How the crypto wealthy are gentrifying Puerto Rico
Crypto wealthy U.S. citizens are driving up property prices and the cost of living for native Puerto Ricans, much to their anger.
Thanks to low taxes and island living, Puerto Rico is gaining favor as a relocation hotspot for the crypto wealthy.
A recent Times article likened this next-generation of “blockchain brats” settling in Puerto Rico to “the champions of Silicon Valley,” only more idealistic and confident compared to the old guard.
The mass migration of the crypto wealthy is detrimental to locals as it is displacing natives, who complain about being priced out of the property market.
The problem is expected to become further exacerbated as this trend gathers pace.
Puerto Rico is a tax haven
Puerto Rico is an unincorporated U.S. territory, meaning it falls under U.S. jurisdiction but only in respect of select parts of the Constitution. Therefore, it is neither a U.S. state nor an independent country.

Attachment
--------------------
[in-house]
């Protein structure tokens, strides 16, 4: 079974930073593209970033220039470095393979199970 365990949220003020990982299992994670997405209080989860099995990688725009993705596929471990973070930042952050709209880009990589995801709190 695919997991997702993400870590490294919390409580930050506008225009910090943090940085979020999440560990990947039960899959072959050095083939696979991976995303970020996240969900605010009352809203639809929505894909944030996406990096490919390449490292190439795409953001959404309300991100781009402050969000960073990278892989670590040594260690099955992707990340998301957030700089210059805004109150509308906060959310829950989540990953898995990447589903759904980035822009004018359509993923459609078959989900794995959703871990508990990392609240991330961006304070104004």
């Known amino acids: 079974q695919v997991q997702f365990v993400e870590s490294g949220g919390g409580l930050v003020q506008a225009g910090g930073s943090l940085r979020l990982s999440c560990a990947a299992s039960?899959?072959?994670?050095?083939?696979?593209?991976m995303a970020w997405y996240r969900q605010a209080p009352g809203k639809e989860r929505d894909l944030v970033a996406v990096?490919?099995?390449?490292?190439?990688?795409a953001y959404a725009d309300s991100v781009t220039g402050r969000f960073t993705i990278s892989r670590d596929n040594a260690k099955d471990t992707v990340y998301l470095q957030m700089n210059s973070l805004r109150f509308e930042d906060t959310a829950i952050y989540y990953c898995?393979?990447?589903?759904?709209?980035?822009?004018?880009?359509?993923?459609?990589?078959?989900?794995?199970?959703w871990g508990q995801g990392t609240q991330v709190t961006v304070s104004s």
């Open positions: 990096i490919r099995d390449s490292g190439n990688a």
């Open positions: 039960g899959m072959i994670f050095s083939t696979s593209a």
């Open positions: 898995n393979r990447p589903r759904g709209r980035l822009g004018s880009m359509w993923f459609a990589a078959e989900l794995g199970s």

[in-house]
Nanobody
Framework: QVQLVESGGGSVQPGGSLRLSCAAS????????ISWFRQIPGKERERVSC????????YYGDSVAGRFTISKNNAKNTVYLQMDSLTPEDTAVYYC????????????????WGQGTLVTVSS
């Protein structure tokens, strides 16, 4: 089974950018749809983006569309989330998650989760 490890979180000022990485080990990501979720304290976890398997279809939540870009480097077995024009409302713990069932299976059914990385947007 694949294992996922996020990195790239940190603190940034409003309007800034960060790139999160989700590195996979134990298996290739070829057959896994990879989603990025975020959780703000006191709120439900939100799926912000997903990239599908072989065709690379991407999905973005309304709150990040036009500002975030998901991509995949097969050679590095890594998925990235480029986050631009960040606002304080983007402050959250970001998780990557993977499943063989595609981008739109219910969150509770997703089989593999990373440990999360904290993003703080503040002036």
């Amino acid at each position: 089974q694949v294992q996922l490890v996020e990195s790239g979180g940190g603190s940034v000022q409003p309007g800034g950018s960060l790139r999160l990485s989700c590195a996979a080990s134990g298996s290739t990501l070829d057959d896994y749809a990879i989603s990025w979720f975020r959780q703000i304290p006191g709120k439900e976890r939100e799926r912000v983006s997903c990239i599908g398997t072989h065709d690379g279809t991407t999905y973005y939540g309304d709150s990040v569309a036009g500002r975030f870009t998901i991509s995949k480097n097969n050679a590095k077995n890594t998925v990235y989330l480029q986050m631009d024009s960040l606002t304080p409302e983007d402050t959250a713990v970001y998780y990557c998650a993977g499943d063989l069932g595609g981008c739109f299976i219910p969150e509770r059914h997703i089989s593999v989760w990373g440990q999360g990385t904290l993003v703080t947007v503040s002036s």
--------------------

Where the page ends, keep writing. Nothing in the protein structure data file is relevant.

Puerto Ricans are considered U.S. citizens and can freely travel and live in America. Equally, the same applies to U.S. residents, who are free to travel to and live in Puerto Rico.
However, some fear the mass migration of wealthy U.S. citizens is negatively affecting the living conditions of locals.
The changes first began in 2017 following the devastation caused by Hurricanes Irma and Maria. The Puerto Rican government offered big tax breaks to lure foreign investors to the island, particularly those buying property.
The tax breaks set off a chain of events that made Puerto Rico an irresistible draw for crypto-wealthy U.S. citizens. Five years after the policy change, locals are increasingly angry over the situation.
Locals angry at gentrification
Tensions bubbled over in February as native Puerto Ricans took to the streets to demonstrate against gentrification. Among the rallying cries were signs that read:
“Puerto Rico is not for sale.”
YouTuber Logan Paul and the co-founder of EOS’ developer Block.One, Brock Pierce, were both singled out during the protest. Their faces were printed on various placards.
Fueling the anger of locals is displacement due to being unable to afford their homes.
Data shows the cost of a single-family home has risen 18% compared to 2021. In addition, a knock-on effect has seen the cost of living go up.